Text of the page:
ELEVEN years ago, the AT&T monopoly on long-distance telephone service was broken. Today, rate wars have cut prices about 60 percent in real terms, more than offsetting the annoyances of a new world of "access codes" and "competing carriers."
That was just the warm-up exercise, however. Legislation moving through Congress with the soporific-sounding title of "telecommunications deregulation" is going to change people's lives much more. It involves not only long-distance telephone service, but local phone service and television too.
Companies in each category see opportunities in the others' businesses. Cable TV operators would like a crack at phone service. Local phone companies, the Baby Bells, want to offer long-distance service. And don't leave out utilities: Their copper-wire networks may be 19th-century technology, but they're in place and could provide other services.
Both Congress and the White House essentially sing from the same hymnal on deregulation. The difference lies in the speed with which it is done - and in the details. The bill passed in the Senate June 15 and parallel legislation awaiting House action next month take an aggressive, fast-track deregulatory approach. Baby Bells would be forced to allow others to compete for your local phone service.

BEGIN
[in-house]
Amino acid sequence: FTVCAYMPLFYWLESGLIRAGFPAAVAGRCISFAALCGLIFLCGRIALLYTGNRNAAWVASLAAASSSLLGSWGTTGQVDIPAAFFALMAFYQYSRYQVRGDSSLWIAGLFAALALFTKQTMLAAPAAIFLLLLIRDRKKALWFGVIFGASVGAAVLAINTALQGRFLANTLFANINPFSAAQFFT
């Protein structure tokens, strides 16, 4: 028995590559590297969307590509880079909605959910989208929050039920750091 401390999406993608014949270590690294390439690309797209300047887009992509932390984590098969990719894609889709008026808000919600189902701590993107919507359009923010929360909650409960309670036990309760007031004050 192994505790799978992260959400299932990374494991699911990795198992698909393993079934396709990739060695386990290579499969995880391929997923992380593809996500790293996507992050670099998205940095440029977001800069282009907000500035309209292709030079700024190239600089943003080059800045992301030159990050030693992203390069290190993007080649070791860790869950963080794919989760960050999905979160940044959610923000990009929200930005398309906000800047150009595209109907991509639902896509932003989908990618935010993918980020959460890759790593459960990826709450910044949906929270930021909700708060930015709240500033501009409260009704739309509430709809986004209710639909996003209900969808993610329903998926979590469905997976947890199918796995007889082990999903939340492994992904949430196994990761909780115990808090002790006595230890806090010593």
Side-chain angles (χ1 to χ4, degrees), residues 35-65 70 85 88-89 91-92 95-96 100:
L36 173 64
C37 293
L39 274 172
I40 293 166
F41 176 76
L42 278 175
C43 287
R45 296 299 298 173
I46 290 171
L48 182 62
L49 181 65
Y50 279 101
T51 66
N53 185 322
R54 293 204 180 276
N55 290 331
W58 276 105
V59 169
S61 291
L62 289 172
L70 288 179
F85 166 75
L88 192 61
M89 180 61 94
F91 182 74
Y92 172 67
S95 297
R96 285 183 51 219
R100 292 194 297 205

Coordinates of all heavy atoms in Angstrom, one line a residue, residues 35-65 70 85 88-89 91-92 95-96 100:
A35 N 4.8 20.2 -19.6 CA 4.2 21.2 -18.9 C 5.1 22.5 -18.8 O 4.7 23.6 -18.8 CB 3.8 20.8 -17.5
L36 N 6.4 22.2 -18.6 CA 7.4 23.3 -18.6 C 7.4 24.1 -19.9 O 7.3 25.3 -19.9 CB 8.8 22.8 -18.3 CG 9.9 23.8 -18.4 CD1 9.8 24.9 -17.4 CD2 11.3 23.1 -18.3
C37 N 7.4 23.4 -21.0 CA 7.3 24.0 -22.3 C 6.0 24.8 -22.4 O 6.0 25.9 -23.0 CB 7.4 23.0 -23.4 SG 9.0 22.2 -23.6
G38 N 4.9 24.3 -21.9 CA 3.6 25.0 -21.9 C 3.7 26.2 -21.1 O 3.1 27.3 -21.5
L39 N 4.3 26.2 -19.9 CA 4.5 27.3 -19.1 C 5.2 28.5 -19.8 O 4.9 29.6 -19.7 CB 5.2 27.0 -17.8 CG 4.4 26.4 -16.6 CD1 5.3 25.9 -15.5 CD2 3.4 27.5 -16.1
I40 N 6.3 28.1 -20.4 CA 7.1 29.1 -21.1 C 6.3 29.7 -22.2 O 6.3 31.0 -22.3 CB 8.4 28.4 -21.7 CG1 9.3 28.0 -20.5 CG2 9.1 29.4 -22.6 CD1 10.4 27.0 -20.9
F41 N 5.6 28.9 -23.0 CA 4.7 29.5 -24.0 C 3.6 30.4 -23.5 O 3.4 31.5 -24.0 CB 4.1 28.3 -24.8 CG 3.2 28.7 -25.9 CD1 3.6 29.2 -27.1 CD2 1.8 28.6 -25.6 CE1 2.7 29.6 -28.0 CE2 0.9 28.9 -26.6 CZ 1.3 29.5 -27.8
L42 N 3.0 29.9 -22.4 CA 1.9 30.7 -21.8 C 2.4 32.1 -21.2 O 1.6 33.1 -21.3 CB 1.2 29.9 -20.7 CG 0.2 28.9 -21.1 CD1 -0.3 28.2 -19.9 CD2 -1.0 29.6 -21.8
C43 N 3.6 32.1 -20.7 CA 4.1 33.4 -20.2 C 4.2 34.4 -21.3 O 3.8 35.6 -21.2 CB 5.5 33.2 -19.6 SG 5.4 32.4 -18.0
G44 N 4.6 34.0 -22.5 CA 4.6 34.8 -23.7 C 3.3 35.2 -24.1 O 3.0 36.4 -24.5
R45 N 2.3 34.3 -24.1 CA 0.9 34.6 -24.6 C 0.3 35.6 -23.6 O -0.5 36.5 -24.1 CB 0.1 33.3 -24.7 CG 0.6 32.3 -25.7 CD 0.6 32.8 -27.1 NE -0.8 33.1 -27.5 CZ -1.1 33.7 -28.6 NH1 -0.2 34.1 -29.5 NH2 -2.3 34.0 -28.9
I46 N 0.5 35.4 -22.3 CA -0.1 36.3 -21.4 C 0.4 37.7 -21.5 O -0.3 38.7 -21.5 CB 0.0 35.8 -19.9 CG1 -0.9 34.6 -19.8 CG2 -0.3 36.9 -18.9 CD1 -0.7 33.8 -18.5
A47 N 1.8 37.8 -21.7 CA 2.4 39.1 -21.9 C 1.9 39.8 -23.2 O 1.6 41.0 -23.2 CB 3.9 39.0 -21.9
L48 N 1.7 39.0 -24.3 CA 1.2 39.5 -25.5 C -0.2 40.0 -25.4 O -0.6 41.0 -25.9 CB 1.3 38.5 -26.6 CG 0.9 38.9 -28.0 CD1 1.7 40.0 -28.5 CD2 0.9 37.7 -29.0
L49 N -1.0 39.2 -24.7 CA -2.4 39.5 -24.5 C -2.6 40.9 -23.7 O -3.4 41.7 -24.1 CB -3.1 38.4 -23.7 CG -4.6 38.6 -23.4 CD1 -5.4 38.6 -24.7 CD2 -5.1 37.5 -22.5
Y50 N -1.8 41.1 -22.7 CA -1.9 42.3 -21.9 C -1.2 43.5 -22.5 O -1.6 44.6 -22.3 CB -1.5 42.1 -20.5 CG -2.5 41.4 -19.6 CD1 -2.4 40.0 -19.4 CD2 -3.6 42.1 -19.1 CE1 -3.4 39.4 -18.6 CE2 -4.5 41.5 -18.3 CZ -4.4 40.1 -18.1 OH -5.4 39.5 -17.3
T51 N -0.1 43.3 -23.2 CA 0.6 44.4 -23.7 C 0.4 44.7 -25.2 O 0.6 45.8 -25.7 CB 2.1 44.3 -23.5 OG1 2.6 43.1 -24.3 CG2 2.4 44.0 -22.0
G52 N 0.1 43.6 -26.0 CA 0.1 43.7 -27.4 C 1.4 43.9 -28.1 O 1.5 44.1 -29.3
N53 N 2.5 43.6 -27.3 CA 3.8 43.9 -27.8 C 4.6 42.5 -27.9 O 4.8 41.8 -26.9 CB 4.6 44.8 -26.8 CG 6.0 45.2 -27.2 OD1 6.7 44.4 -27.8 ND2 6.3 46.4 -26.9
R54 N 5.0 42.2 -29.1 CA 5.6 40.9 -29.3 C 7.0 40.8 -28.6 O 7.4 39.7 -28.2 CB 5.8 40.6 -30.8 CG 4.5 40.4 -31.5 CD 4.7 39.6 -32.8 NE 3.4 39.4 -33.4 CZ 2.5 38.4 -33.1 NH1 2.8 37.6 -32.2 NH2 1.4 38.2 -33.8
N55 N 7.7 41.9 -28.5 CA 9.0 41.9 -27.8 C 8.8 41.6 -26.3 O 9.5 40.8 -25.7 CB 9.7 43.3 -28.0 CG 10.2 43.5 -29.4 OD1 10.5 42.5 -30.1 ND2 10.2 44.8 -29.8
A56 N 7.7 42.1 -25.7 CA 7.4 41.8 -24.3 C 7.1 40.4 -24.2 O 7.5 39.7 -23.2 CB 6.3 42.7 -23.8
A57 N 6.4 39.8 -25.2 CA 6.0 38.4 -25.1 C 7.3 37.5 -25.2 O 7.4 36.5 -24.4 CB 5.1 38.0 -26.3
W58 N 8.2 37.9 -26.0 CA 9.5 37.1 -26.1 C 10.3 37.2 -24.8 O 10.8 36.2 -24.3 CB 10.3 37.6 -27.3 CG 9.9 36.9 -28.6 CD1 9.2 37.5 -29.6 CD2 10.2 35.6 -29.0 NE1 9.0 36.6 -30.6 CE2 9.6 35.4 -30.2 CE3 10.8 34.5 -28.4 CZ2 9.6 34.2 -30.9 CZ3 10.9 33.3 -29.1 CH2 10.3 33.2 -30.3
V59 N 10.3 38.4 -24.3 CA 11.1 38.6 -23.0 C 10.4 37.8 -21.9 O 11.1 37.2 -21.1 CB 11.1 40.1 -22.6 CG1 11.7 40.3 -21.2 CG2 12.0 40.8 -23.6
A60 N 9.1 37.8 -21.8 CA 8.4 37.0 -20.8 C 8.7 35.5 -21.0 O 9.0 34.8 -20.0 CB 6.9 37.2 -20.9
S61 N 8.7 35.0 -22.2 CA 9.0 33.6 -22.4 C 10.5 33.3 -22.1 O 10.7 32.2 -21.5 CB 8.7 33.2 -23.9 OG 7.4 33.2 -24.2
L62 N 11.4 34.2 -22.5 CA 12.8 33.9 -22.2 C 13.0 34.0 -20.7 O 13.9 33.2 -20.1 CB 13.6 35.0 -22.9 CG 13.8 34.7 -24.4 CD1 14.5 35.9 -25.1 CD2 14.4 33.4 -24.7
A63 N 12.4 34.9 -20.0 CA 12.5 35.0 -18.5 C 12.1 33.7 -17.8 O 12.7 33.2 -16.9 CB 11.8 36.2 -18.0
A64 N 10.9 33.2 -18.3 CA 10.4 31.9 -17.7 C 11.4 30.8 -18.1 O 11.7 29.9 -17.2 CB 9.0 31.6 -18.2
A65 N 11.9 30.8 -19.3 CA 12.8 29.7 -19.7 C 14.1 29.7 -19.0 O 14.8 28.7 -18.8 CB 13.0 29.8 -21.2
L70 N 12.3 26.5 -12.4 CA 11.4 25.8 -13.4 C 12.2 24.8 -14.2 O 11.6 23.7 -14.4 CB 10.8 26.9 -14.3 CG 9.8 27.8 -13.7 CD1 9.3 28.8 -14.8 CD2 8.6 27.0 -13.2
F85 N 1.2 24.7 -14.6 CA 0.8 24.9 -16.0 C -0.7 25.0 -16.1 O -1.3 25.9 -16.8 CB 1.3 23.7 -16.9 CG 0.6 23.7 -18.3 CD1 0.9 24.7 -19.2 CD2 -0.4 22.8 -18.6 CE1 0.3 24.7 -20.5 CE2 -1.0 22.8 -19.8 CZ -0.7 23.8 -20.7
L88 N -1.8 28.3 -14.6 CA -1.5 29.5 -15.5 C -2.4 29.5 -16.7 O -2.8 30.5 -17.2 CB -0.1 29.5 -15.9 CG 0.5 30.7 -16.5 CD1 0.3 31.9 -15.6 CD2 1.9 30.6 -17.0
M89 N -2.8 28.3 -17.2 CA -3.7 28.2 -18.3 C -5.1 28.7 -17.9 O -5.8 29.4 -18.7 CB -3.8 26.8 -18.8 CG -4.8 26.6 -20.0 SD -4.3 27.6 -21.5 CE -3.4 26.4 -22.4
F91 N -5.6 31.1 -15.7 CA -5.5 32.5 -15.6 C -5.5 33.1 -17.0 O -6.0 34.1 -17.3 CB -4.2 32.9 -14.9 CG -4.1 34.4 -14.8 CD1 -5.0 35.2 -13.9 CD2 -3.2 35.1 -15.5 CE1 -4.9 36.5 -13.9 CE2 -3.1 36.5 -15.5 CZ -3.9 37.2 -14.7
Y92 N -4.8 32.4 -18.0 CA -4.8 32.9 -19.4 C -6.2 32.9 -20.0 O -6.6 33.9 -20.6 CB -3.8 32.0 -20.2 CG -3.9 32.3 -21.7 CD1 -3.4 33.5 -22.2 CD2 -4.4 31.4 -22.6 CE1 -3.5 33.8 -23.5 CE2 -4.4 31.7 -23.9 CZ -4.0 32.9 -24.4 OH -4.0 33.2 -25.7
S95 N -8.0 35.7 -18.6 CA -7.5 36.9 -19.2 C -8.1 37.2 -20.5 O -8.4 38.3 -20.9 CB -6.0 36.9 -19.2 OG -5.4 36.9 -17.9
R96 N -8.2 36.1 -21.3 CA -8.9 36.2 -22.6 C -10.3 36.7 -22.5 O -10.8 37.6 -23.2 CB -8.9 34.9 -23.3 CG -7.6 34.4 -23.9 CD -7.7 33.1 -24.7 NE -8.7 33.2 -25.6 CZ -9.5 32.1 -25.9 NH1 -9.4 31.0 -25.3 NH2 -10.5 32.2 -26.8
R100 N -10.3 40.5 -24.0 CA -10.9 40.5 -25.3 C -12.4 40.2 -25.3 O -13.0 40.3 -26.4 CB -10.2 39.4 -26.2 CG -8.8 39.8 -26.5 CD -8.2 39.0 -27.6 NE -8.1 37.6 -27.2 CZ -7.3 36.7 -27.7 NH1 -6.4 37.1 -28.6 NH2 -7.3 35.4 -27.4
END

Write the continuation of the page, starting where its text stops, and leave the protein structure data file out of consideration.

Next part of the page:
Cable TV price controls would be largely eliminated, on the theory that direct-satellite and other competitors are on the verge of breaking up cable TV monopolies anyway.
Huge profits and huge risks await all the competitors. That's why they are eager to know what the government will or won't do. The Senate did a good job of weighing their competing interests in crafting its bill.
Vice President Al Gore, the administration's point man on telecommunications, also intones the mantra of competition: lower prices, better quality, more choices.
But government, he argues, still has a role in protecting consumers against new monopolies, which can strangle competition just as effectively as government red tape.
The Clinton administration is eager to be a player in the telecommunications revolution. But it shares concerns with consumer groups that some aspects of the proposed legislation won't generate real competition or sufficiently protect consumers. As the House and Senate reconcile their complex bills this summer, they should keep three C's in mind: true Competition, the interests of Consumers - and Clinton's veto pen.